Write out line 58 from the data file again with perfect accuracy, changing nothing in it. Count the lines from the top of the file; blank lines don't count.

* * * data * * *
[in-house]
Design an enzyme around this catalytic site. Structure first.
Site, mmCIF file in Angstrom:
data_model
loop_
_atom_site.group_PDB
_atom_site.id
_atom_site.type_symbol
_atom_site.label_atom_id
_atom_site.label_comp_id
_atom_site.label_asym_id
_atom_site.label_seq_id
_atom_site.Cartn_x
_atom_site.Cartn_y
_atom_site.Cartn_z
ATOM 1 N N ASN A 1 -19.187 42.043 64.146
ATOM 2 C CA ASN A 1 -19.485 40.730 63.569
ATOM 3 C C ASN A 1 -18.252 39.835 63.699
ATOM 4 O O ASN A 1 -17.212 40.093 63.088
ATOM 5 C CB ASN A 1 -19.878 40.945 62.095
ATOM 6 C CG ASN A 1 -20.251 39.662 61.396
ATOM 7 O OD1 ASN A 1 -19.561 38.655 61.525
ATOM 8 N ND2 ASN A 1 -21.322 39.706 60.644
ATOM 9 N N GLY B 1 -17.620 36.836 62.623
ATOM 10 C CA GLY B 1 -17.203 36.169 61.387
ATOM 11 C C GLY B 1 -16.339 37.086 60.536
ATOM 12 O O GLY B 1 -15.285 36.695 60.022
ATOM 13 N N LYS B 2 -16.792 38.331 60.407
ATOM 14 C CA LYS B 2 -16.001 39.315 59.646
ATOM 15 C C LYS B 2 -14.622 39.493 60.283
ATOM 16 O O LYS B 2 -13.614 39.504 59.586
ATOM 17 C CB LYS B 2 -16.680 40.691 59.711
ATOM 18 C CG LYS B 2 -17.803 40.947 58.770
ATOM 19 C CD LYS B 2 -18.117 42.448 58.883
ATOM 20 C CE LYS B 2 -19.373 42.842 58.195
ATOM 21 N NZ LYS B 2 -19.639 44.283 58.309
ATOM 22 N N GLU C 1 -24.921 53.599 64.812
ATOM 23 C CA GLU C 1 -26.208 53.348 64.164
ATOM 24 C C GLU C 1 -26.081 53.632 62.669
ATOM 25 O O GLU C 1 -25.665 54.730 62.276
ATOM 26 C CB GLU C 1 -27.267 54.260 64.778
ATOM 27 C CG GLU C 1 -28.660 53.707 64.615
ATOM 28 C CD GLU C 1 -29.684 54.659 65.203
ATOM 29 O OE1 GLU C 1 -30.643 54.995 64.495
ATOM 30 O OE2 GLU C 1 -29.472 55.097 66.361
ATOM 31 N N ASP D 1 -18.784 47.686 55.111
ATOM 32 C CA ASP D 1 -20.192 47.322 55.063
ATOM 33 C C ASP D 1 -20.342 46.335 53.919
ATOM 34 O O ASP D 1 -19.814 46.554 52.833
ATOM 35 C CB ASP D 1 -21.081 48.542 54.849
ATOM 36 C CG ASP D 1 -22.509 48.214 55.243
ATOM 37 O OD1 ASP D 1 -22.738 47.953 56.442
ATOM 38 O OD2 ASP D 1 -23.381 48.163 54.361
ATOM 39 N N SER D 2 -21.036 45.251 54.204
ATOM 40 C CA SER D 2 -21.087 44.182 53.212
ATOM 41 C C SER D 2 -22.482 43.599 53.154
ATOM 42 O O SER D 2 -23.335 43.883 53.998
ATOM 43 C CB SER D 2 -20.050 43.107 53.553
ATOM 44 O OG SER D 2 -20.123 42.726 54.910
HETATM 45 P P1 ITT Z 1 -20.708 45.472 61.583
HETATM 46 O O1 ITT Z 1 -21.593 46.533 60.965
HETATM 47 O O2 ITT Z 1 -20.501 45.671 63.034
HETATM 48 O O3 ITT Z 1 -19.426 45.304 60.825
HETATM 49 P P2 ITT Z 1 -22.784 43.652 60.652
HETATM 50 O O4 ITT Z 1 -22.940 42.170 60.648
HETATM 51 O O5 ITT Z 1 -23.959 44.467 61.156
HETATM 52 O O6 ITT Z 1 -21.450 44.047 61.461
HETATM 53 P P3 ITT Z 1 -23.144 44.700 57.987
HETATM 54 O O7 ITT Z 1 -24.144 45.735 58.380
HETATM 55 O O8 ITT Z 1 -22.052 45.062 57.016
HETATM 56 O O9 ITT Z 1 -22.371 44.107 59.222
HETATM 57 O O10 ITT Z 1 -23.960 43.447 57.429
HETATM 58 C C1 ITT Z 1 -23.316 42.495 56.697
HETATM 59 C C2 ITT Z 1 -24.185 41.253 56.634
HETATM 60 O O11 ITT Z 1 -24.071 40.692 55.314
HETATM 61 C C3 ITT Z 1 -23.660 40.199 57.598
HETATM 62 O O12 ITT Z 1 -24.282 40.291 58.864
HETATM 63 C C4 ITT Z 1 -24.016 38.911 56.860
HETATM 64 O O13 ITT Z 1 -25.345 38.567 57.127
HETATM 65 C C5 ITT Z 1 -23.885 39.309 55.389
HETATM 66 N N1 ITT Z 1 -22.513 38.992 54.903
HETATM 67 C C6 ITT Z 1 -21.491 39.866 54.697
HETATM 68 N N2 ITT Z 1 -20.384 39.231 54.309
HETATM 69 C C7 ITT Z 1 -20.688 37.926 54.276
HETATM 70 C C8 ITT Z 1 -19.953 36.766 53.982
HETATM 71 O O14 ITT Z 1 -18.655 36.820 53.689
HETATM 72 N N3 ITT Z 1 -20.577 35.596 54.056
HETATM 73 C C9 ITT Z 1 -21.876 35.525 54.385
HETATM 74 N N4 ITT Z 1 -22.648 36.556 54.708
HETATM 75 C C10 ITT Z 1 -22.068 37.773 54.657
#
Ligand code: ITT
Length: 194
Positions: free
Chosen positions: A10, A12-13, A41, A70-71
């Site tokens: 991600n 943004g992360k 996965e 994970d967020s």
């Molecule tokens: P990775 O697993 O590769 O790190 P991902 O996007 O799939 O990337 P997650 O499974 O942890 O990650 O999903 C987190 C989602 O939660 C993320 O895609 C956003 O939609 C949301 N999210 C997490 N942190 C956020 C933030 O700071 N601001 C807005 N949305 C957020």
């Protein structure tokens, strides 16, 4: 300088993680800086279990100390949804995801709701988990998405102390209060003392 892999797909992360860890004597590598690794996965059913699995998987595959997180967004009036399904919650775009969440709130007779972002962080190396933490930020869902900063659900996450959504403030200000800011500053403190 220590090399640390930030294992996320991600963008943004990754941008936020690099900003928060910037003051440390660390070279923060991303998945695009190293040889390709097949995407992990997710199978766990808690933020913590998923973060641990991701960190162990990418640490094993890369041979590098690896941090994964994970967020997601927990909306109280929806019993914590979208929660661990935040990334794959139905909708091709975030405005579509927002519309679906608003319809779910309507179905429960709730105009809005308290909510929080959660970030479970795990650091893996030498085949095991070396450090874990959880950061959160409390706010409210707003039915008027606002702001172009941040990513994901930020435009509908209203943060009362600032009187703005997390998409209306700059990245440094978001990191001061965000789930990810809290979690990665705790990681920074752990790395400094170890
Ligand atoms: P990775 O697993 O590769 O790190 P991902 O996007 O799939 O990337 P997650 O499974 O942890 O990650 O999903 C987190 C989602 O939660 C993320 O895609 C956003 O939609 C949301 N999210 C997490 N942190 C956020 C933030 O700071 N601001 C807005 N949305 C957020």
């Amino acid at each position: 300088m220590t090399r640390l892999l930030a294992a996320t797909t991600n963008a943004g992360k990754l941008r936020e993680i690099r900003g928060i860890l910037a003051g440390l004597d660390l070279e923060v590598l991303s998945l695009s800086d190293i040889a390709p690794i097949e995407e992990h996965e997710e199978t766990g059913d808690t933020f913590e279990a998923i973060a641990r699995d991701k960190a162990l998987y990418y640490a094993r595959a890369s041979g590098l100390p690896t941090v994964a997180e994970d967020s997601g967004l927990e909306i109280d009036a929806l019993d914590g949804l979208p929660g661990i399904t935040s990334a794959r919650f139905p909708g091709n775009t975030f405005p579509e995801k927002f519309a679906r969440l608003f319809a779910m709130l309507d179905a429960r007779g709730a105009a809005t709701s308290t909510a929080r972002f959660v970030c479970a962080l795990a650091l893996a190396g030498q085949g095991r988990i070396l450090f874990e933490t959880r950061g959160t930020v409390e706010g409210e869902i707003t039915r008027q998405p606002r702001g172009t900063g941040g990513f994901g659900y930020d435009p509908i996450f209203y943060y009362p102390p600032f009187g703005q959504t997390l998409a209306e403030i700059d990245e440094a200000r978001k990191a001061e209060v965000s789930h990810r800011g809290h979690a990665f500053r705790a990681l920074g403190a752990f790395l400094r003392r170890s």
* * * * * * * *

ATOM 43 C CB SER D 2 -20.050 43.107 53.553